Ok, so let’s start with something easy, we’ll convert a decimal number into binary. (believe it or not, that is easy). We’ll convert the number 14 (base10) into its binary (base2) equivalent. I’m going to do this exhaustively so you can really see every aspect of it, and get a better understanding. Although if you were to do it for real you can cut out of a few of the steps.
Step 1: How Many Digits?
We’re going to establish two variables here: let x = the beginning number in base 10 (the number 14, for this example), and let y = the base to convert to (2, for binary, in this example). To determine how many digits, or places, our answer will be, perform: log (base y) x. In this example, the equation would be the log (base 2) 14. So if you remember from the other page about obscure math functions, the answer is the exponent to which the base must be raised to equal “14” in this case. Now if you realize that 14 is not a power of 2, you’re correct. We’re actually going to take the ceiling(log (base y) x). This means that we’re going to round up our answer to the next whole number.
exponent

1 
2

3

3.8

4

5


answer

2 
4

8

13.9288...

16

32

The answer to the log function is approximately 3.8… but since we’re only concerned with the ceiling( ) of it, what you can do is just look for the first number that is too large, and take that corresponding exponent. In this case, 16 is the first number larger than our starting number, so the number we want is “4”. Our answer is 4 digits long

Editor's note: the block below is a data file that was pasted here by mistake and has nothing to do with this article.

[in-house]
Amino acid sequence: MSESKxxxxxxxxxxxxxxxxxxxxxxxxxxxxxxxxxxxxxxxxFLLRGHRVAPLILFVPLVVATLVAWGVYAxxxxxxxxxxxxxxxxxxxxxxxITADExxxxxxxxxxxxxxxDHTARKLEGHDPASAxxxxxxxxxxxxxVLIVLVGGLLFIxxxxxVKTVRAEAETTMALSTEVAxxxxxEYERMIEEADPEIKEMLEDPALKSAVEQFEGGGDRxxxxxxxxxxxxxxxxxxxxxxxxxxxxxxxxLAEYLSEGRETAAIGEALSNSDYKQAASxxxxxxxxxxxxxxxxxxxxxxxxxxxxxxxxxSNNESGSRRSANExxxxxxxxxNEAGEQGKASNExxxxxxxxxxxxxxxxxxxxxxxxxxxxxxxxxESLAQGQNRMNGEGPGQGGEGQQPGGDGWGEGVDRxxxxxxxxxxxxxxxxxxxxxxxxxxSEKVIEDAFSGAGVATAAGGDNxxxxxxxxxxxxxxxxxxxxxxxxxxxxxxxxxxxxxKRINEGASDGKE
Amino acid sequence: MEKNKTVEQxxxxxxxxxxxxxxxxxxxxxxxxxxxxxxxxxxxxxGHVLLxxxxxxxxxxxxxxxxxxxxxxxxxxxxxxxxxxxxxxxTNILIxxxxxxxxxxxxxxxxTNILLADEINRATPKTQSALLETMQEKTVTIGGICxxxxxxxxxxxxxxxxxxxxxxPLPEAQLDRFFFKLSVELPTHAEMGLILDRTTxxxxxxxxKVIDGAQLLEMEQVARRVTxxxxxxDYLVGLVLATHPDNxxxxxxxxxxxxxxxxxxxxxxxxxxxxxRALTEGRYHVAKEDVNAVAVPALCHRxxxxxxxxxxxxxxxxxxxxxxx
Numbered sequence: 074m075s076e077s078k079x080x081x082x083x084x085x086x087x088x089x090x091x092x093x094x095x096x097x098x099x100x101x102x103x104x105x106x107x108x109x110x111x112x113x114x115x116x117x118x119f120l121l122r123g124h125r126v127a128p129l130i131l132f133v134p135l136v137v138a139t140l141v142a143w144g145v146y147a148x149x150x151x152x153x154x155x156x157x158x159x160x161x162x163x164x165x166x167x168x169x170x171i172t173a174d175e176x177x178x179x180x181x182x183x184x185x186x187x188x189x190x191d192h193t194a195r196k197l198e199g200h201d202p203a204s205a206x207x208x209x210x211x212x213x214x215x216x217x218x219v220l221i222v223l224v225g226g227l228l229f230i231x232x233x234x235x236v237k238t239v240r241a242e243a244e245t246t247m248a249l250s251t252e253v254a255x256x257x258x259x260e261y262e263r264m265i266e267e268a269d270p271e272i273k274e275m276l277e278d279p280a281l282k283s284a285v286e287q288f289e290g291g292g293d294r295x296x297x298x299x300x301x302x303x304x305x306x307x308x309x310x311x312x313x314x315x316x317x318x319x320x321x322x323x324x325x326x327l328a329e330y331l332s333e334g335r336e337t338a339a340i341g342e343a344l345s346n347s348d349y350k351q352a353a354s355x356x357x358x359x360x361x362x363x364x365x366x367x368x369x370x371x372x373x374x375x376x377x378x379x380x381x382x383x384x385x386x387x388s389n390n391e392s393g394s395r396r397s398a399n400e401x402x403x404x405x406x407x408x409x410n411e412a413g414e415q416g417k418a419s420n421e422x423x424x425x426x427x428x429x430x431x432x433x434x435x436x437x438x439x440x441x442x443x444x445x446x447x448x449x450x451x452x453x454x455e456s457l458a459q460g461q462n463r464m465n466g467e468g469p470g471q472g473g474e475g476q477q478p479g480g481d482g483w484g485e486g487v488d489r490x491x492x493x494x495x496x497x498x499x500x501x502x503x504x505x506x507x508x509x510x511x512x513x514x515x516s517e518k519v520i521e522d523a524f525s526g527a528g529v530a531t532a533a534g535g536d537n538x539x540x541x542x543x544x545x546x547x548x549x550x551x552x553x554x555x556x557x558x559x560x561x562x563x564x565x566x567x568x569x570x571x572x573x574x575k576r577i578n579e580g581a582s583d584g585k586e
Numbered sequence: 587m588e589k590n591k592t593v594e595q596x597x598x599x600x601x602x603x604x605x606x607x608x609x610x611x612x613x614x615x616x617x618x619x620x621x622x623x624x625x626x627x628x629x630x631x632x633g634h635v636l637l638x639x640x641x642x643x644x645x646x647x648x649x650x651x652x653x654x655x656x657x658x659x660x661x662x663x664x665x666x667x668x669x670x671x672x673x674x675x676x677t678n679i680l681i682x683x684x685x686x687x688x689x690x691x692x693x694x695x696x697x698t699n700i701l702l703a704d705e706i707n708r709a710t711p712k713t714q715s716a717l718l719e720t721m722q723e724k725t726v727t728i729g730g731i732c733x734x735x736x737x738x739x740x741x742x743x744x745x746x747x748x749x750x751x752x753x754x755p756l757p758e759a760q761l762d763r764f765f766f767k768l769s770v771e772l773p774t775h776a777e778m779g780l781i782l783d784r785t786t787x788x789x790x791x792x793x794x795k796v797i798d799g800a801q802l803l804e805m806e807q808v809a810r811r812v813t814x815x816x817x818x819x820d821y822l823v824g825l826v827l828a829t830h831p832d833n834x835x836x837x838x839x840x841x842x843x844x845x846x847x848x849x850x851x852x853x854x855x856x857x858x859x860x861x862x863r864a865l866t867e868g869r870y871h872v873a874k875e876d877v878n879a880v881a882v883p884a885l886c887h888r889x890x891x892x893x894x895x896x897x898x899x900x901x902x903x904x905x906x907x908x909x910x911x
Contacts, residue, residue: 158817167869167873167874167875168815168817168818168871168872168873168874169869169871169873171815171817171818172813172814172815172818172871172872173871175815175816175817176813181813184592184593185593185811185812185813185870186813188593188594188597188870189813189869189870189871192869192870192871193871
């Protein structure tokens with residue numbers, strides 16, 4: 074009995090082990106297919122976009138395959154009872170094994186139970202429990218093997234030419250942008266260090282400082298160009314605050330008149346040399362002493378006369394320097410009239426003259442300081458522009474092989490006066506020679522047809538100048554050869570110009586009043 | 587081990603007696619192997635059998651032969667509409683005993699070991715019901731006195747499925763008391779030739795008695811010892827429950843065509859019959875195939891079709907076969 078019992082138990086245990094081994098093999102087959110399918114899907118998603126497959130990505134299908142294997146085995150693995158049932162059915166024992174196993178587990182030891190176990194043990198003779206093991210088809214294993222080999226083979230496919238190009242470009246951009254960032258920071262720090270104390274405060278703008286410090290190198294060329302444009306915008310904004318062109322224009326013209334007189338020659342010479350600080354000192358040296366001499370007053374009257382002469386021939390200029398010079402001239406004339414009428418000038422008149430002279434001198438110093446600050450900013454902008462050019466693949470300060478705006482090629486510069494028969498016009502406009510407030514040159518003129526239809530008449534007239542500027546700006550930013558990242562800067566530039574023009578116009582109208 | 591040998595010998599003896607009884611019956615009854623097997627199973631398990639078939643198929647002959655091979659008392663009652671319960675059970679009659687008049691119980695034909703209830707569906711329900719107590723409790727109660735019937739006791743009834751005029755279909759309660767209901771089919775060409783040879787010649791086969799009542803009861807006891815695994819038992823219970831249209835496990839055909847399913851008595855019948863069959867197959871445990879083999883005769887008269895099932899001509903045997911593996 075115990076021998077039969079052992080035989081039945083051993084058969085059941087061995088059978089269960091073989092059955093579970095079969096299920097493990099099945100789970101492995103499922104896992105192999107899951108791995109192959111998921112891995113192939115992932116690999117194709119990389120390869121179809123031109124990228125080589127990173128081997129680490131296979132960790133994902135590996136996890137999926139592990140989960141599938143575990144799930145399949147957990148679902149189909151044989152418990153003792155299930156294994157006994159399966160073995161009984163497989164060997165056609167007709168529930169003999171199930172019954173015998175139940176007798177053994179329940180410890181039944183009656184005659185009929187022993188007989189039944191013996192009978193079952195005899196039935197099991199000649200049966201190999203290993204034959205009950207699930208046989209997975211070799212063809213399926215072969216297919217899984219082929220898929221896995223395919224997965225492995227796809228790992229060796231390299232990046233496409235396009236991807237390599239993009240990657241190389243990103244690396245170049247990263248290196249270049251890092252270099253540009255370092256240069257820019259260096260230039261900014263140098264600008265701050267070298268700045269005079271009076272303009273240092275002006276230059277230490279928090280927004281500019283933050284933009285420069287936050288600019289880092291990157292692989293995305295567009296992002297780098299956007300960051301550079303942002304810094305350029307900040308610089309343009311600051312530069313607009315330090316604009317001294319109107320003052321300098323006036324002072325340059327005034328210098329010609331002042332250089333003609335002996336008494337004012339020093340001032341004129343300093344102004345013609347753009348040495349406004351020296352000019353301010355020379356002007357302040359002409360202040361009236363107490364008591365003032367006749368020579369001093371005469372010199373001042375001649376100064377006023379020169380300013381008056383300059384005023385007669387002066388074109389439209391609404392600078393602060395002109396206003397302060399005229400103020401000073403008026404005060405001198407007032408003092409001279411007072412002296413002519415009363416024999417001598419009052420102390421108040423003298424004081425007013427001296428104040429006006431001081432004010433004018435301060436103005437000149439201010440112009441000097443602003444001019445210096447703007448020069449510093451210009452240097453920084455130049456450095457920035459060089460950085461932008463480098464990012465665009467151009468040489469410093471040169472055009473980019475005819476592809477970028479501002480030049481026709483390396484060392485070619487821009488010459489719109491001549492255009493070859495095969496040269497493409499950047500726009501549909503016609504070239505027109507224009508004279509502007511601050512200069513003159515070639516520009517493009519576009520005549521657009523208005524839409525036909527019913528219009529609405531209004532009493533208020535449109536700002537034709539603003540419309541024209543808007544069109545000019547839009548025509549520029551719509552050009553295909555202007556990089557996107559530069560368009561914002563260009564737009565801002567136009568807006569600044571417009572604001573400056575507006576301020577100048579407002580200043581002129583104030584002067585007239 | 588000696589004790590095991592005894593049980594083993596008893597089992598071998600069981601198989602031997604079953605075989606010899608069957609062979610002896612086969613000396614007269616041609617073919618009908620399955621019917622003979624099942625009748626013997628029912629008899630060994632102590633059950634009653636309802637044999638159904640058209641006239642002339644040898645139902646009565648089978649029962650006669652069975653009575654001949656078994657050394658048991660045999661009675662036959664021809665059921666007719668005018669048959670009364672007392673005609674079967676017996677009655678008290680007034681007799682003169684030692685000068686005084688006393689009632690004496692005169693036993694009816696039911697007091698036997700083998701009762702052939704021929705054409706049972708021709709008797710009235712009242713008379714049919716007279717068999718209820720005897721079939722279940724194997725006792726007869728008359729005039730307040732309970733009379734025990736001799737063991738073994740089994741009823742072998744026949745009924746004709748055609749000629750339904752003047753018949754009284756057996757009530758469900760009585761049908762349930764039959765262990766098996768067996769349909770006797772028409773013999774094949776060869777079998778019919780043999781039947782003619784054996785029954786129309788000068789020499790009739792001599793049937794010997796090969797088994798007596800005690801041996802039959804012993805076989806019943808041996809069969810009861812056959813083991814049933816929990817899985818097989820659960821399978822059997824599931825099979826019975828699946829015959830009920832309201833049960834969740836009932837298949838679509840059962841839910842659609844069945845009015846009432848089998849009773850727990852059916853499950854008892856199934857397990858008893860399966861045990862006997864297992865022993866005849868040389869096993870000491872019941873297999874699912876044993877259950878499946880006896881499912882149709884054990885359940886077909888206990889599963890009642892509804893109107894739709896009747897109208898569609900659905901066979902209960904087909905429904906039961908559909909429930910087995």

Step 2: How do we convert a digit?
You’ll need to use two functions to convert a digit. Simple division (dropping any remainder), and the Modulous operator (see above, in the beginning)
We’ll start at the right side (the smallest digit) and work our way to the left (the largest digit).
a) Starting number 
14

14

14

14

b) Divided by 
div

div

div

div

c) (base ^ place) 
(2^3)

(2^2)

(2^1)

(2^0)

d) Equals (don’t forget to drop the remainder) 
1

3

7

14

e) That number modulated by the base 
(1 % 2)

(3 % 2)

(7 % 2)

(14 % 2)

f) Equals 
1

1

1

0

Line (a) is our beginning number, the one we wish to convert to base 2 in this instance. If you’re finding line (c) confusing, then maybe you could think about it this way:
 For the rightmost digit, Let X equal: (Startingnumber / basetoconvert to). Then find the rightmost converted digit, it is (X % basetoconvertto)
 To find the nexttotheleft digit, Let Y equal: (X / basetoconvertto), and the converted second digit is (Y % basetoconvertto)
 To find the third digit, Let Z equal: (Y / basetoconvertto), and the converted third digit is (Z % basetoconvertto)
 Repeat ad nauseum.
Get it? If you’ve ever worked with scientific notation, then this table (in decimal) should look familiar:
10^4

10^3

10^2

10^1

10^0

10,000

1,000

100

10

1

Do you see the similarity? Starting at the right, each place increases the exponent of the base by 1. So the first digit is every number from 1 all the way to the base^1 – 1 (because when it reaches the base, you carry it over, right? 9 + 1 = 10 in base ten) The second digit would be everything from the base^1 all the way to base^2 – 1.The third digit is..you guessed it, from base^2 up to base^3 – 1. Seeing a pattern here?
Imagine if we were all born with 8 fingers and 12 toes.
What would our base be then!!!
personally, I count in base pi.
Having one potato is then a much more interesting number!
Accounting does not like this though.
Actually some other societies, including the Innuit and Sumerians, used to use base12 or base60.
One of the counting methods they used to use was to use the individual knuckles on one hand — touch your thumb to the top of your index finger, then the middle, then the bottom, then repeat with your middle finger, ring finger, and pinky finger. Each segment counts as one — after all of them, you’ll have twelve.
Use the other hand to count how many 12s you have — a full hand (if using fingers alone) is 60 — if you wanted to get really crazy and use the knuckles on the other hand in the same fashion — a full hand would be 144. 🙂